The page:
Newberg Noon Rotary Club Newsletter for June 24, 2020

Rotary Club of Newberg Zoom Meeting

Wednesday, June 24, 2020

~ Call to Order ~

President Corey Zielsdorf welcomed Rotarians and Friends of Rotary to the Zoom meeting at 12:06 p.m. Wednesday, June 24, 2020.

~ Rotarians and Friends of Rotary ~

Zoom meeting participants: Mike, Paula, Laura, Shannon B., Todd, Judy, Corey, Michelle, Dale, Stan, Kathie, Paul, Ralph, Karen, Auggie, Joe, Lisa, Lynn, Tony, Shannon K., Om, Brandy, Denise, Walter and Aaron.

~ Flag Salute ~

Corey lead participants in the flag salute.

~ Rotary Guests ~

Larry Strober, Rotary Club of McMinnville Sunrise, Assistant Governor

Gary Stewart, Rotary Club of Newberg Early Birds, Assistant Governor

~ Rotary Moment ~

Corey shared a YouTube video of Rotary clubs in districts across Italy working together to procure state-of-the-art equipment needed to combat the coronavirus disease for 26 hospitals around the country.

The pandemic has devastated Italy, with more than 32,000 deaths and nearly 226,000 confirmed cases by mid-May. The Italian Rotary club project, funded by global grants, is providing thermal scanners, COVID triage units, and bio-containment stretchers that allow medical staff to safely assess, monitor, and transport patients. Valued at more than $1.4 million, the equipment will address current urgent needs and be useful for the future, helping to reduce the spread of disease and protect public health. Can Rotary District 5100 partner with other districts to create a similar cooperative venture?

Laura: a local home-schooled girl met with our Rotary Club last year and shared her project of making blankets for the homeless in Newberg. Our Rotary Foundation granted $300 that resulted in 50 blankets.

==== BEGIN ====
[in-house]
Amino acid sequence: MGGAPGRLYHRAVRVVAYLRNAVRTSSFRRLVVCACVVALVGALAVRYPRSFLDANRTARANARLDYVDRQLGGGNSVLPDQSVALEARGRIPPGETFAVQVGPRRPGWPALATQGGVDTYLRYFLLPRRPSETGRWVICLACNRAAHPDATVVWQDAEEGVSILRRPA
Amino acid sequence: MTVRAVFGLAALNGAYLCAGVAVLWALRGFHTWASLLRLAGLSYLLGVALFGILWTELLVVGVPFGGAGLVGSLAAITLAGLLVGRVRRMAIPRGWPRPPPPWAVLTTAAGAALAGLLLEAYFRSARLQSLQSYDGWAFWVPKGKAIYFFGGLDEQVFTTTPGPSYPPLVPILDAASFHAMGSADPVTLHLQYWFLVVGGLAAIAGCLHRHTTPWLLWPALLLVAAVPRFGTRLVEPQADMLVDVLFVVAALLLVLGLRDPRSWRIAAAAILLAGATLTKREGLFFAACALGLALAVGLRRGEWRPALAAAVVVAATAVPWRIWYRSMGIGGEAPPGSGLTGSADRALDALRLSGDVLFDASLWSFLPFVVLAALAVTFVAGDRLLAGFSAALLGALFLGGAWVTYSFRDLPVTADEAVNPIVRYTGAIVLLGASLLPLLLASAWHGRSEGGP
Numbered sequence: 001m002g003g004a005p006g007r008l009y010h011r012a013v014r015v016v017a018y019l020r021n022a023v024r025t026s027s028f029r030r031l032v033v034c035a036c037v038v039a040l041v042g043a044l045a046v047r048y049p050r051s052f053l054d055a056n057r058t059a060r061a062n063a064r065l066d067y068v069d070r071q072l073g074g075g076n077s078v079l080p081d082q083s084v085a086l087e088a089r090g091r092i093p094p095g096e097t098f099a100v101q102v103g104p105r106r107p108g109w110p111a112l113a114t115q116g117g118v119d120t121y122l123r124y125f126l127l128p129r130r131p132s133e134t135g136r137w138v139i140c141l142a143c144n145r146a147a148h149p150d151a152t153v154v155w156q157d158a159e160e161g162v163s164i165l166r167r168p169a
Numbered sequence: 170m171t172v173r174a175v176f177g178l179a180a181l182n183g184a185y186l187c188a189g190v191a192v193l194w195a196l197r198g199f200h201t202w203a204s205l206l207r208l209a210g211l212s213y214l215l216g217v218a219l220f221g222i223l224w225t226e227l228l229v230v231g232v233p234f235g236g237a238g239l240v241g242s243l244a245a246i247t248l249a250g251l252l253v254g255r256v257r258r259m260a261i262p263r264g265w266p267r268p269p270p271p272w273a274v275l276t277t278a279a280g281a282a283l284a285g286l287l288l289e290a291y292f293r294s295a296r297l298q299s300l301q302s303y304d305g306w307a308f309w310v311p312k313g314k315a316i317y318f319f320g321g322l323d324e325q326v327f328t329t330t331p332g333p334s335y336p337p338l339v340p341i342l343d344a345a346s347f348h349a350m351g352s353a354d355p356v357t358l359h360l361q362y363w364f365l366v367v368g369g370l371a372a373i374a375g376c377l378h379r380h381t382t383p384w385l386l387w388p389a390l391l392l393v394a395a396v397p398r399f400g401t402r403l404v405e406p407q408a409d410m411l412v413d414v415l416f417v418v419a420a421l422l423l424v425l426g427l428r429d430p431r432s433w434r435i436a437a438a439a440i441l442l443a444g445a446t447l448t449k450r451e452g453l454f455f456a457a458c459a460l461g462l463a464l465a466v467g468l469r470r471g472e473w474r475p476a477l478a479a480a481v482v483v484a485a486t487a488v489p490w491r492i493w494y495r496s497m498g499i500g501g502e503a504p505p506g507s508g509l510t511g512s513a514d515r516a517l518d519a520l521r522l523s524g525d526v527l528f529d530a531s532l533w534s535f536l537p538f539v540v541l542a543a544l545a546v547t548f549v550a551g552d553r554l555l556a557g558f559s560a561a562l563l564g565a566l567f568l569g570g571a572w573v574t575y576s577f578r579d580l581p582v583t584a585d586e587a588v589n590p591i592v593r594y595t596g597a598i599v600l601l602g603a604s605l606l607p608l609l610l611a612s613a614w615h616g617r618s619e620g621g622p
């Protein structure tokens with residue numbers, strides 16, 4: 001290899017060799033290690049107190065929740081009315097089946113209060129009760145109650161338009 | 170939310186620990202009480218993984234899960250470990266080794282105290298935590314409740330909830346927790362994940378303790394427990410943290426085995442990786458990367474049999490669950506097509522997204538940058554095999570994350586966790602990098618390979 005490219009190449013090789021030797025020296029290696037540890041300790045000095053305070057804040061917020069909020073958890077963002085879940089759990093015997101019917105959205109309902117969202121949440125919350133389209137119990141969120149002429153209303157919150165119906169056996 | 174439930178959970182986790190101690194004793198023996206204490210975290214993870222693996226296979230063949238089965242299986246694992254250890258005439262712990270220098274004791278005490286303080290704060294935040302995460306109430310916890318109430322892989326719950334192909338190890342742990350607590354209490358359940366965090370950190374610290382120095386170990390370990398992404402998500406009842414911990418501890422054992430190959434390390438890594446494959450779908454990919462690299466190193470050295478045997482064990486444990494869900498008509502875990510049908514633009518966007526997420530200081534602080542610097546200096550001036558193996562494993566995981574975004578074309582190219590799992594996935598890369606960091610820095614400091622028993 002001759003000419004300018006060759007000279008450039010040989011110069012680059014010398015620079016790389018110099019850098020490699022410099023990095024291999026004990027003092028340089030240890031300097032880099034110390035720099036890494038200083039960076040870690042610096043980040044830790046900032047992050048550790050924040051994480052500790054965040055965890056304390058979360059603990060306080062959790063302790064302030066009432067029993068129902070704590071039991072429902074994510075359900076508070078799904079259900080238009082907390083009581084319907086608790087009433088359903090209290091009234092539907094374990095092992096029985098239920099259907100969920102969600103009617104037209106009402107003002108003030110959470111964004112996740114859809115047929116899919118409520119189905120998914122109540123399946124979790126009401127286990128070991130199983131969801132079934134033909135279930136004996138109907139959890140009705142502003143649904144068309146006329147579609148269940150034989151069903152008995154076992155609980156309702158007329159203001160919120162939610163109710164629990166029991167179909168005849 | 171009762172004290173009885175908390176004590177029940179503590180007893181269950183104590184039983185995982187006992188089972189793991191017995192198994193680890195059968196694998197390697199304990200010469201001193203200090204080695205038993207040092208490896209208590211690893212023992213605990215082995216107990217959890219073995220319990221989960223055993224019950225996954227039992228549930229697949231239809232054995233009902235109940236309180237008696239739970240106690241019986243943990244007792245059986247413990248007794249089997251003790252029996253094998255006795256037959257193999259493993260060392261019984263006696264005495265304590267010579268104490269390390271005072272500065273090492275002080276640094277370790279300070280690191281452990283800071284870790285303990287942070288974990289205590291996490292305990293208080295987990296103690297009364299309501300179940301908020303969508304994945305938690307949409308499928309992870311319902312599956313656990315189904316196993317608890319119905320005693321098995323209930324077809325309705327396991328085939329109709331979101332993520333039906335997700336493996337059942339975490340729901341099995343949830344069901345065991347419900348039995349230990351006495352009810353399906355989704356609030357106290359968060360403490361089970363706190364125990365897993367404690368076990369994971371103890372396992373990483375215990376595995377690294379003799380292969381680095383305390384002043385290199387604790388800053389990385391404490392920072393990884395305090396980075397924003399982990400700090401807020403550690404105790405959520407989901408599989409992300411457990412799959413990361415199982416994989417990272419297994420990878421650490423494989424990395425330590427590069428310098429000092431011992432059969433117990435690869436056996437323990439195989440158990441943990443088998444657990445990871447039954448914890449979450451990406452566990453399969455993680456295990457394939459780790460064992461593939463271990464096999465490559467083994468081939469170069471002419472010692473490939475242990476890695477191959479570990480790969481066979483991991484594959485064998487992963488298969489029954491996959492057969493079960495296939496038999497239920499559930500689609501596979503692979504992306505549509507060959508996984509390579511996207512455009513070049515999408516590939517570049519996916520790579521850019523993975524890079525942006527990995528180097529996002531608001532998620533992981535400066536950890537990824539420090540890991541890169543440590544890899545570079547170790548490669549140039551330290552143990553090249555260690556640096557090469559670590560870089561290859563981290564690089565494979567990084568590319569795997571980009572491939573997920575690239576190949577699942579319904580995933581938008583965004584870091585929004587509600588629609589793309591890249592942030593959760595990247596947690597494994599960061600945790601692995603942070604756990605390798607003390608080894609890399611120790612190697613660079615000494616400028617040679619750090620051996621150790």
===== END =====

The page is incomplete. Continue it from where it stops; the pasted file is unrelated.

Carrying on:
~ Rotary Updates and News ~

Om: Congratulations to Corey Zielsdorf on a successful year as Rotary Club of Newberg President! Today is Corey’s final Rotary Club meeting as President.

Brandy: Thank you to the Newberg School District Board for adopting a resolution condemning racism. Thanks to Superintendent Joe Morelock for his work drafting the resolution.

Joe is proud of the School Board and the School District. He said, “There are action steps the district can take to be more inclusive of under-represented youth and parents in our community.”

Kathie: A total of 1,225 candy leis made by 70 volunteers were given to 1,220 graduating seniors. Five organizations, including the Rotary Club of Newberg Foundation, contributed to the effort. Volunteers logged more than 650 hours of service. The project took 12,000 feet of ribbon! Kathie also celebrated her son’s graduation from OSU in Ag Science. He is employed working for Christensen Farms.

Shannon B. Thank you, Corey, in your last official Rotary club meeting of the year. Corey is a passionate leader for our club. Thank you to Corey for the service he has given our club. Thank you, also, to Board members who have served, those who are continuing to serve and those who are new incoming Board members.

Lynn: Corey, congratulations on surviving this year! Now for a scholarship update: We reviewed 95 applications—not double in people but in the number of applications. Now, interviews begin. We will send letters to notify recipients of their scholarship award. We hope to publish an article in The Graphic to promote the good work of the students and share what Rotary does to promote education in our community.

Brandy: Thanks to Lynn for making the scholarship application review so easy. Lynn, thank you for your organization!

Mike: Congratulations Corey on a great year as President!

The Rotary Global Cyber Peace Conference is scheduled for this Saturday, June 27th. The conference is a 24-hour event geared to three geographic regions. Erin Thomas will take a lead role in the conference.

Laura: We have a great Rotary Club! Thanks to Geoff Gilmore and GFU students for working on the mural. Thanks to Mike Caruso for writing a letter to Rotary Club of Kathmandu to obtain a final signature for a Global Grant on Violence Against Women. Thank you to Paul Jellum for taking leadership for district grants. Thank you to Judy Robinson and Denise Bacon for their work with our high school Interact Club. Special thanks for the creation of a Community Garden with our partner, Providence Newberg Medical Center.